Both of these teams have great quarterbacks, potent passing attacks. But both of them have really found success on the ground throughout the year, especially in the postseason. We hear so much about the NFL becoming a pass happy league, but is it possible for a team to be a championship contender without being able to run the ball?
Well, I mean, we’ve seen it a lot in the past. We’ve seen a lot of teams have great regular season records without much of a ground game. The ground game is getting attention now because it should be, and it’s been a big part of the Pats, and really LA as well, obviously, to be where they are today. This postseason has been filled — whether it was here in New England or in the AFC Championship game in Kansas City both — with really good decisions in the run game, and how they approached the run game, and who they utilized, and who they didn’t, and how they mixed and matched their personnel. Their run game is why New England is where they are, and obviously it’s been a big part of L.A.’s production as well.
I think the run game, there’s a big story there. I think it’s gonna be a major part of this Super Bowl. The team that comes out and runs the ball effectively, which is also saying the team that’s the most physical, is gonna win the game. That’s the kind of football that, personally, I enjoy the most and I think the fans really respect.
I’m glad you said that, because specific to this game, I love how both of these offenses … for how good Brady and [Jared] Goff are, for how good their skills guys are, they both have really excellent offensive lines. The Rams have their five guys, the Pats have their five guys, plus Rob Gronkowski can do all sorts of linemen stuff. Do either team do anything really special up front? Or do they just throw a bunch of big old nasty dudes out there who can win at the point of attack?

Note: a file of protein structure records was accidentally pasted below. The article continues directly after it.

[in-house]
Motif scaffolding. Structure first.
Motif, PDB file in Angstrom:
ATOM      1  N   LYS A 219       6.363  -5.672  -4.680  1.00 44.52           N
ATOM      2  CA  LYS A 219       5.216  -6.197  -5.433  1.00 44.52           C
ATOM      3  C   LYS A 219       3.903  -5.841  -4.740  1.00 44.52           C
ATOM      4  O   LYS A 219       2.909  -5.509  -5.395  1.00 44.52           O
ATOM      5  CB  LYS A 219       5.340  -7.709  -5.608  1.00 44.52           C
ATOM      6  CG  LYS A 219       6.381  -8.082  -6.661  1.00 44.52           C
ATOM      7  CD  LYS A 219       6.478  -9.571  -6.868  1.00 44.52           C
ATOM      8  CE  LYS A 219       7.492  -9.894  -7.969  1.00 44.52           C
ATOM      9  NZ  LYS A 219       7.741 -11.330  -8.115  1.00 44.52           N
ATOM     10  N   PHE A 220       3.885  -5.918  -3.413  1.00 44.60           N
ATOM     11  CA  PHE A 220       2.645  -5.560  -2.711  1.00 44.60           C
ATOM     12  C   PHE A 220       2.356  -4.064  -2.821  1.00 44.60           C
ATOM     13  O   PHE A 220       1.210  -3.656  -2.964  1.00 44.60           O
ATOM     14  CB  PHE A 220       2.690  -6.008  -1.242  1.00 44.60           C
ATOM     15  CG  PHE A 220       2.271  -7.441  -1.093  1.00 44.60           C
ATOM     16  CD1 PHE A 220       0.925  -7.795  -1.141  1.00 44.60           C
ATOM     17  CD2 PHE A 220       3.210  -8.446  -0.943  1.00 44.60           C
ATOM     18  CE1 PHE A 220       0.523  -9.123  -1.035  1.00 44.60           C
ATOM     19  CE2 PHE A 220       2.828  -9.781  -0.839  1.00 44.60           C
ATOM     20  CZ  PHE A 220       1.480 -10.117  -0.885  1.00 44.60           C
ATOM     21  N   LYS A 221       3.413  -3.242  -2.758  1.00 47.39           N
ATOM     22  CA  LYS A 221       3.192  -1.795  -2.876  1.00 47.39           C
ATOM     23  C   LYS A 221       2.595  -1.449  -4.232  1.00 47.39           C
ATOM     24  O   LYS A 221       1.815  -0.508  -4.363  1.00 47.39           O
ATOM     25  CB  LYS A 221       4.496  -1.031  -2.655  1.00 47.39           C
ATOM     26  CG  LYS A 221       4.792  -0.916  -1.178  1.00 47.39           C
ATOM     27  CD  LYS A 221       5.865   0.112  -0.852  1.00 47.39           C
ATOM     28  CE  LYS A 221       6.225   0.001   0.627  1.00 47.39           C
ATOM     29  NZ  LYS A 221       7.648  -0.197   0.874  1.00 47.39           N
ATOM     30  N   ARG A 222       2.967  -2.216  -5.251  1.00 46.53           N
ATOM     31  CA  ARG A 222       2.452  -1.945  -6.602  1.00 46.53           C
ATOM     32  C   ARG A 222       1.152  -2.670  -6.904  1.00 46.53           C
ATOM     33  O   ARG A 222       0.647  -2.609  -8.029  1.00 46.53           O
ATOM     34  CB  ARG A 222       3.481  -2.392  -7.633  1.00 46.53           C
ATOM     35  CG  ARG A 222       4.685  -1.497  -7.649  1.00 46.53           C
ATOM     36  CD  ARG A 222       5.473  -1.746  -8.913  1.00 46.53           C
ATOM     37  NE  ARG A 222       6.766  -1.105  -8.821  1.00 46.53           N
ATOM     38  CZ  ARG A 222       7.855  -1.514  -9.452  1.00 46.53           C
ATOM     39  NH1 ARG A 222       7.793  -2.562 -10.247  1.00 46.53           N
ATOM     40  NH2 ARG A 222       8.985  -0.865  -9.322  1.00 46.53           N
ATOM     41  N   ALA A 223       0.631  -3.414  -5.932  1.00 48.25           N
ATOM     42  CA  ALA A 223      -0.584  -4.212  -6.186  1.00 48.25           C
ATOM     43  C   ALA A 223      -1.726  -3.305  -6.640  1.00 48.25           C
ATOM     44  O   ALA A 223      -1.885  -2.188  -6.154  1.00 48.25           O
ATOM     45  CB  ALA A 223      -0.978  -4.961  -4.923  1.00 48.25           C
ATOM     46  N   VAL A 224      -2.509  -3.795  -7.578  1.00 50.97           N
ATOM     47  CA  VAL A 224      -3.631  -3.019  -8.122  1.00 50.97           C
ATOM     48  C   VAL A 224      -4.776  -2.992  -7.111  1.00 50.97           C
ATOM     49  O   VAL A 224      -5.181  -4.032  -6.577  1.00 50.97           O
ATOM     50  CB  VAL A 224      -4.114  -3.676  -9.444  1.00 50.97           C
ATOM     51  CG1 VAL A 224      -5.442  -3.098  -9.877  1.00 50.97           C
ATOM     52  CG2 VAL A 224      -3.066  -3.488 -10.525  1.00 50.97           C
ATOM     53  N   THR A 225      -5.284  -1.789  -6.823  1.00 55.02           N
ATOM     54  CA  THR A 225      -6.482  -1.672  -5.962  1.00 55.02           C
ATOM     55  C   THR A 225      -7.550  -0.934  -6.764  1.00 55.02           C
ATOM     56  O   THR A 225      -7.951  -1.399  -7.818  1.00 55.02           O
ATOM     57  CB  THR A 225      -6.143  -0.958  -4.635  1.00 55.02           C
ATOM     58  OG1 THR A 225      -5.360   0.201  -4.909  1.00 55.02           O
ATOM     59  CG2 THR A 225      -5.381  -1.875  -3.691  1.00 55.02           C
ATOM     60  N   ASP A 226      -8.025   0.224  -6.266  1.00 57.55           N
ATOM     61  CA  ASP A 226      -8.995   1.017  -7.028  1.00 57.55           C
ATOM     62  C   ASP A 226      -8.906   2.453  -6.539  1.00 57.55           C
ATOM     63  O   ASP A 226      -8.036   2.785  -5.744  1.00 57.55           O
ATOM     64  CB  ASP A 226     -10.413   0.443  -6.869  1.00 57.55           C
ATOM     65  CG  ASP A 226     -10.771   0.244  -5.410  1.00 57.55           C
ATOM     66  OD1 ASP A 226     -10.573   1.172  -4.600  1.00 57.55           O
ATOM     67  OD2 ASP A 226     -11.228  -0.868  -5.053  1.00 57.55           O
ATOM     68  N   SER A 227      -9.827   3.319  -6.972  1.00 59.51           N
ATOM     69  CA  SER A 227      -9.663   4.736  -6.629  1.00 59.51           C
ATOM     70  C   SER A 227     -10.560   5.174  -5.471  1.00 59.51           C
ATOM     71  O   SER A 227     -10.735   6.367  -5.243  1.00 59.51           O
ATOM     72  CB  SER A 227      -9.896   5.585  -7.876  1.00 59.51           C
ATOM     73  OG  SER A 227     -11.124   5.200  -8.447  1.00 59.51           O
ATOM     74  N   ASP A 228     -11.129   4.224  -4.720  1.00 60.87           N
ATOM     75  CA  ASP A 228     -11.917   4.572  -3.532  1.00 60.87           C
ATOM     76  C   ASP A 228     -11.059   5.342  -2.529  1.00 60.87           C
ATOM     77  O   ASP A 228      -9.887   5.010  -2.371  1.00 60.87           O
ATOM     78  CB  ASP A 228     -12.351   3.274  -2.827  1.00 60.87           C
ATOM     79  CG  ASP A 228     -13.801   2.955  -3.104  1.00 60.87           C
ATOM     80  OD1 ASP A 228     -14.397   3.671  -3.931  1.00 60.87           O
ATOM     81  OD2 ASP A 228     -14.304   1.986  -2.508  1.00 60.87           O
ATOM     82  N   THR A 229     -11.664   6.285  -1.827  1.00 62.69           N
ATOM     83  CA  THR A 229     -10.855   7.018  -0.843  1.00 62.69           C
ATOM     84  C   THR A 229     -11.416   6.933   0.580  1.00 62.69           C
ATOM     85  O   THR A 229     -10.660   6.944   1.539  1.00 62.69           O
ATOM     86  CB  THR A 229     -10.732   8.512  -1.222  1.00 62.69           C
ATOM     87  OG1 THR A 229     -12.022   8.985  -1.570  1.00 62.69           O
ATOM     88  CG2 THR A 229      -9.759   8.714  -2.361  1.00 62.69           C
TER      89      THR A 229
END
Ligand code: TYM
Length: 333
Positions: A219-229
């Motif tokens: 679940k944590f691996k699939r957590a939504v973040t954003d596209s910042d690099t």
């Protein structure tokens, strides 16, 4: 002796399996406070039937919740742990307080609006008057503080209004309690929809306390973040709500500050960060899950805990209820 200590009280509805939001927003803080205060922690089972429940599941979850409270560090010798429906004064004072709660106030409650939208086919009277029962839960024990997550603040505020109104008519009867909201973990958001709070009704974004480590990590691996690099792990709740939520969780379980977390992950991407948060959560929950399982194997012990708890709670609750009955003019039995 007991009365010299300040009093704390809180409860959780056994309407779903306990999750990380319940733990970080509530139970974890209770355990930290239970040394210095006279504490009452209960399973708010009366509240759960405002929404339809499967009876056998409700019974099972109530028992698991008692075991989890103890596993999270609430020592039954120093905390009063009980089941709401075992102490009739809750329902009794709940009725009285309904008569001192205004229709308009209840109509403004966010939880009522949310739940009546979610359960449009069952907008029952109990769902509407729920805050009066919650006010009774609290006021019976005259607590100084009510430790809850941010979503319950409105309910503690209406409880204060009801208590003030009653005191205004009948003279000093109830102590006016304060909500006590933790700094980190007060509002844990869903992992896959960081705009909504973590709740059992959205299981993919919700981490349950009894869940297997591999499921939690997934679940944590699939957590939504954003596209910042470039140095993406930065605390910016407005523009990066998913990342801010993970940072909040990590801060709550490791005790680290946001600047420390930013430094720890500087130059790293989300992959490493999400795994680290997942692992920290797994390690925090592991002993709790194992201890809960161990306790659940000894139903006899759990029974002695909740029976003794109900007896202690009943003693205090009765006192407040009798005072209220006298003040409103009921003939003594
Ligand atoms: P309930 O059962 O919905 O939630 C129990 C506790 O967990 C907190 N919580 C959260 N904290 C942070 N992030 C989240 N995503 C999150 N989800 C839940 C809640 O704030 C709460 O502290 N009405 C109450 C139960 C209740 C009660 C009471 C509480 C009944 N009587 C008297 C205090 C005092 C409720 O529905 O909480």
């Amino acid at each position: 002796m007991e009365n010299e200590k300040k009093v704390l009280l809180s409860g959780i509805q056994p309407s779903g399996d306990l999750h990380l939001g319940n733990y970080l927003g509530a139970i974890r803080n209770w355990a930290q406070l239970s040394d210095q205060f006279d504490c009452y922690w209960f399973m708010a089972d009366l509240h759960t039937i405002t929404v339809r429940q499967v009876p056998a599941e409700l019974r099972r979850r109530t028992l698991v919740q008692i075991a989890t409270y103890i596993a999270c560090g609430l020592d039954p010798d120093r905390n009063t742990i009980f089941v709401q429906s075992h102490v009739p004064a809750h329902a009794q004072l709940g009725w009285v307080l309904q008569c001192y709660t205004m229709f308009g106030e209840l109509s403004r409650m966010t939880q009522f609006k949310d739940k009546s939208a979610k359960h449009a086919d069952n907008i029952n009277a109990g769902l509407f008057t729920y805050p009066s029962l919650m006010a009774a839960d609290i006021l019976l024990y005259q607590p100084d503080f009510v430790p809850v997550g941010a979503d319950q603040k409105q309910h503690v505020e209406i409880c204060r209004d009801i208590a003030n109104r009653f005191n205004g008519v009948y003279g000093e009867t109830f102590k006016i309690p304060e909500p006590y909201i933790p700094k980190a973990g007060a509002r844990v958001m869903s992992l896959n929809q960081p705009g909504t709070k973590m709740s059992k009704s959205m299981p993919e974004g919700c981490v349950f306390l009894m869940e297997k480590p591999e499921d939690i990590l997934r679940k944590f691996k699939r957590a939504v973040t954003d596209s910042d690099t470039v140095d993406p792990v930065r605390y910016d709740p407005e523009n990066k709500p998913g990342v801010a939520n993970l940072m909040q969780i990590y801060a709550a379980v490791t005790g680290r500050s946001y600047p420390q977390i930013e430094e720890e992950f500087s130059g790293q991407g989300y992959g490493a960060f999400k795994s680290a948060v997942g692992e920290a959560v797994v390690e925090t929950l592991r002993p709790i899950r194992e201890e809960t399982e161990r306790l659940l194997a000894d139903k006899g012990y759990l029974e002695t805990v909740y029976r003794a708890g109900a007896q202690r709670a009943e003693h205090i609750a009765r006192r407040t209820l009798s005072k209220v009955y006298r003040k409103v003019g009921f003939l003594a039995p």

It takes a lot. You’ve gotta be as disciplined in the run game as any other area — offensively, defensively, special teams. The run game is a very technical approach to football in general. It’s a lot easier to throw the ball, and have success, and not have everybody doing the right thing than it is in the run game, right? So I’m throwing the ball, I’m dropping back, I’m the quarterback, I’m the receiver, it doesn’t matter what end of the spectrum. I can have two or three other guys at the 11 that are on the field on my side not doing what they need to do. I could have a receiver that’s not running technically the right route or the right side, I could have a lineman that whips on the block, I could have a back not stay in the block or do something else wrong, and we could still gain yardage. If those things happen in a run game that play is dead, over, done immediately.
I’m not sure the general public thinks of it that way. As an offensive lineman, my best friend is the run game. We worked on it ridiculously over the years. It was a major emphasis of every week of preparation. These guys that put themselves in a position where they have a healthy offensive line in New England, they’ve got road graders, they got two of the biggest bookends you could ever have at tackle. Trent Brown is a massive humongous mammal and I don’t think Cain is too far behind him. He is a big boy as well.